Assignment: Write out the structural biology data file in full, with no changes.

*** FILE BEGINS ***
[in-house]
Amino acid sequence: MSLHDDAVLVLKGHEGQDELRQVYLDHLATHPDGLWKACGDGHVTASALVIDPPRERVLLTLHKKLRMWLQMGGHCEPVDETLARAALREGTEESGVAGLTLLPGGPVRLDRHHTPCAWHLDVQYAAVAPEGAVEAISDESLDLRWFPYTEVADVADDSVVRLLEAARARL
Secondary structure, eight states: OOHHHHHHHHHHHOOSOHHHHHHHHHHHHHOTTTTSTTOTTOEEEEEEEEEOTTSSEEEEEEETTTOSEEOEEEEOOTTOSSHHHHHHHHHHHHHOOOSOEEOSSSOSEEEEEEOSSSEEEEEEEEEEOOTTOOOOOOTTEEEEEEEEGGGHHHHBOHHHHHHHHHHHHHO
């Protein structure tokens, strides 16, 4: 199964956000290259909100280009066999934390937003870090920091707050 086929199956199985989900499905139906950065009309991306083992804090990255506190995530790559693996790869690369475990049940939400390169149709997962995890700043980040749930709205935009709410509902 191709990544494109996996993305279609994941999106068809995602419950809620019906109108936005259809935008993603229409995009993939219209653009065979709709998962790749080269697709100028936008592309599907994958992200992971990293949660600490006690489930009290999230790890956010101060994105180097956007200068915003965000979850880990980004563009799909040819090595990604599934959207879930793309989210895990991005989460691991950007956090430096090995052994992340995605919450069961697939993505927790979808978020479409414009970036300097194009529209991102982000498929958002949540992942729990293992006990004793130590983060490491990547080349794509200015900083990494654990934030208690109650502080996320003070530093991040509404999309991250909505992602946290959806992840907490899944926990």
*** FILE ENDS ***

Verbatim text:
[in-house]
Amino acid sequence: MSLHDDAVLVLKGHEGQDELRQVYLDHLATHPDGLWKACGDGHVTASALVIDPPRERVLLTLHKKLRMWLQMGGHCEPVDETLARAALREGTEESGVAGLTLLPGGPVRLDRHHTPCAWHLDVQYAAVAPEGAVEAISDESLDLRWFPYTEVADVADDSVVRLLEAARARL
Secondary structure, eight states: OOHHHHHHHHHHHOOSOHHHHHHHHHHHHHOTTTTSTTOTTOEEEEEEEEEOTTSSEEEEEEETTTOSEEOEEEEOOTTOSSHHHHHHHHHHHHHOOOSOEEOSSSOSEEEEEEOSSSEEEEEEEEEEOOTTOOOOOOTTEEEEEEEEGGGHHHHBOHHHHHHHHHHHHHO
């Protein structure tokens, strides 16, 4: 199964956000290259909100280009066999934390937003870090920091707050 086929199956199985989900499905139906950065009309991306083992804090990255506190995530790559693996790869690369475990049940939400390169149709997962995890700043980040749930709205935009709410509902 191709990544494109996996993305279609994941999106068809995602419950809620019906109108936005259809935008993603229409995009993939219209653009065979709709998962790749080269697709100028936008592309599907994958992200992971990293949660600490006690489930009290999230790890956010101060994105180097956007200068915003965000979850880990980004563009799909040819090595990604599934959207879930793309989210895990991005989460691991950007956090430096090995052994992340995605919450069961697939993505927790979808978020479409414009970036300097194009529209991102982000498929958002949540992942729990293992006990004793130590983060490491990547080349794509200015900083990494654990934030208690109650502080996320003070530093991040509404999309991250909505992602946290959806992840907490899944926990």